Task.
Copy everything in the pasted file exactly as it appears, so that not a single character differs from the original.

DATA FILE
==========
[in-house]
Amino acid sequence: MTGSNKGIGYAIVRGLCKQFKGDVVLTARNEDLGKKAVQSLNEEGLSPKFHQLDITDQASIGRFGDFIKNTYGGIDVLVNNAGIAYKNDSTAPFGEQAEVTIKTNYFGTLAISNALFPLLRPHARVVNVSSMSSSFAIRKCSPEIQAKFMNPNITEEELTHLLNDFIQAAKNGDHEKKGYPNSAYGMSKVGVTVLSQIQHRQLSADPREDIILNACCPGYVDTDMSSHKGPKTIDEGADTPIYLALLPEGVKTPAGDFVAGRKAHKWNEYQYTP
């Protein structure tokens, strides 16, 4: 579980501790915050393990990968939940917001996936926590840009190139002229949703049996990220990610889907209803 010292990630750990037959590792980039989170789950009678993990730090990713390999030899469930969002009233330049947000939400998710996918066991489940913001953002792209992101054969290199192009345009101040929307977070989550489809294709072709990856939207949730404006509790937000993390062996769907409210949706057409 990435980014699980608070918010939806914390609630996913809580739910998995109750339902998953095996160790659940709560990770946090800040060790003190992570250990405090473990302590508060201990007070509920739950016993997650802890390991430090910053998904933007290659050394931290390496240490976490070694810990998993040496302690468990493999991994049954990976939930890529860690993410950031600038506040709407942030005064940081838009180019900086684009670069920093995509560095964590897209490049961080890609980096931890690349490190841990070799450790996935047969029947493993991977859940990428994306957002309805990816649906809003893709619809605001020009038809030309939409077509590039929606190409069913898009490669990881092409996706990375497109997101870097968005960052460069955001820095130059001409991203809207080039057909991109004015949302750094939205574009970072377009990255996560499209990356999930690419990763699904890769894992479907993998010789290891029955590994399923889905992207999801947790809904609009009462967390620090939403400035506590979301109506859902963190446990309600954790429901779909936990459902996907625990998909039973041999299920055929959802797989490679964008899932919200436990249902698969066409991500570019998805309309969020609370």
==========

[in-house]
Amino acid sequence: MTGSNKGIGYAIVRGLCKQFKGDVVLTARNEDLGKKAVQSLNEEGLSPKFHQLDITDQASIGRFGDFIKNTYGGIDVLVNNAGIAYKNDSTAPFGEQAEVTIKTNYFGTLAISNALFPLLRPHARVVNVSSMSSSFAIRKCSPEIQAKFMNPNITEEELTHLLNDFIQAAKNGDHEKKGYPNSAYGMSKVGVTVLSQIQHRQLSADPREDIILNACCPGYVDTDMSSHKGPKTIDEGADTPIYLALLPEGVKTPAGDFVAGRKAHKWNEYQYTP
């Protein structure tokens, strides 16, 4: 579980501790915050393990990968939940917001996936926590840009190139002229949703049996990220990610889907209803 010292990630750990037959590792980039989170789950009678993990730090990713390999030899469930969002009233330049947000939400998710996918066991489940913001953002792209992101054969290199192009345009101040929307977070989550489809294709072709990856939207949730404006509790937000993390062996769907409210949706057409 990435980014699980608070918010939806914390609630996913809580739910998995109750339902998953095996160790659940709560990770946090800040060790003190992570250990405090473990302590508060201990007070509920739950016993997650802890390991430090910053998904933007290659050394931290390496240490976490070694810990998993040496302690468990493999991994049954990976939930890529860690993410950031600038506040709407942030005064940081838009180019900086684009670069920093995509560095964590897209490049961080890609980096931890690349490190841990070799450790996935047969029947493993991977859940990428994306957002309805990816649906809003893709619809605001020009038809030309939409077509590039929606190409069913898009490669990881092409996706990375497109997101870097968005960052460069955001820095130059001409991203809207080039057909991109004015949302750094939205574009970072377009990255996560499209990356999930690419990763699904890769894992479907993998010789290891029955590994399923889905992207999801947790809904609009009462967390620090939403400035506590979301109506859902963190446990309600954790429901779909936990459902996907625990998909039973041999299920055929959802797989490679964008899932919200436990249902698969066409991500570019998805309309969020609370």